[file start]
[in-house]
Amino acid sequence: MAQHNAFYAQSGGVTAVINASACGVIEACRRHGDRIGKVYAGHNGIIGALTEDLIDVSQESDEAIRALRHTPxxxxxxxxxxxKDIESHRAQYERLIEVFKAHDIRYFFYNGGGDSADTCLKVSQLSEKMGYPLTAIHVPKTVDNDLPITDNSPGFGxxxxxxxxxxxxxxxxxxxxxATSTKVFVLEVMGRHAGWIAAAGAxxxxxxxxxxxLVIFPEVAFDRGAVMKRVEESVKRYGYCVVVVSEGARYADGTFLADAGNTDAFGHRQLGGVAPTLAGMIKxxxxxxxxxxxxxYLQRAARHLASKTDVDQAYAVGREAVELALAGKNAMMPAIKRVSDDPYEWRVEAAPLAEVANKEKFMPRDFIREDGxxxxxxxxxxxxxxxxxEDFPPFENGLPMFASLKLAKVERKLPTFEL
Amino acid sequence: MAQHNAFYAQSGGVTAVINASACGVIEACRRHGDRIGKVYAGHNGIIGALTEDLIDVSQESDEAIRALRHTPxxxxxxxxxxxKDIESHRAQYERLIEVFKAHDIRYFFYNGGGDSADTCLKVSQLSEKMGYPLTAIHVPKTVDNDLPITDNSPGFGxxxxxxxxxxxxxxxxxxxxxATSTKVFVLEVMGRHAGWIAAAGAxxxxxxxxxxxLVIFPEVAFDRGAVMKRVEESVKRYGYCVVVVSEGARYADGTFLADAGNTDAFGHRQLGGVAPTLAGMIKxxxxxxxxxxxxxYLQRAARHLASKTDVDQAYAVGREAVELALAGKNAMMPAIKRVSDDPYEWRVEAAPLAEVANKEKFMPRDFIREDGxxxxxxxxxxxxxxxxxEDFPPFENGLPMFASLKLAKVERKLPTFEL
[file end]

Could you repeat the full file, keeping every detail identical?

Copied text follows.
[in-house]
Amino acid sequence: MAQHNAFYAQSGGVTAVINASACGVIEACRRHGDRIGKVYAGHNGIIGALTEDLIDVSQESDEAIRALRHTPxxxxxxxxxxxKDIESHRAQYERLIEVFKAHDIRYFFYNGGGDSADTCLKVSQLSEKMGYPLTAIHVPKTVDNDLPITDNSPGFGxxxxxxxxxxxxxxxxxxxxxATSTKVFVLEVMGRHAGWIAAAGAxxxxxxxxxxxLVIFPEVAFDRGAVMKRVEESVKRYGYCVVVVSEGARYADGTFLADAGNTDAFGHRQLGGVAPTLAGMIKxxxxxxxxxxxxxYLQRAARHLASKTDVDQAYAVGREAVELALAGKNAMMPAIKRVSDDPYEWRVEAAPLAEVANKEKFMPRDFIREDGxxxxxxxxxxxxxxxxxEDFPPFENGLPMFASLKLAKVERKLPTFEL
Amino acid sequence: MAQHNAFYAQSGGVTAVINASACGVIEACRRHGDRIGKVYAGHNGIIGALTEDLIDVSQESDEAIRALRHTPxxxxxxxxxxxKDIESHRAQYERLIEVFKAHDIRYFFYNGGGDSADTCLKVSQLSEKMGYPLTAIHVPKTVDNDLPITDNSPGFGxxxxxxxxxxxxxxxxxxxxxATSTKVFVLEVMGRHAGWIAAAGAxxxxxxxxxxxLVIFPEVAFDRGAVMKRVEESVKRYGYCVVVVSEGARYADGTFLADAGNTDAFGHRQLGGVAPTLAGMIKxxxxxxxxxxxxxYLQRAARHLASKTDVDQAYAVGREAVELALAGKNAMMPAIKRVSDDPYEWRVEAAPLAEVANKEKFMPRDFIREDGxxxxxxxxxxxxxxxxxEDFPPFENGLPMFASLKLAKVERKLPTFEL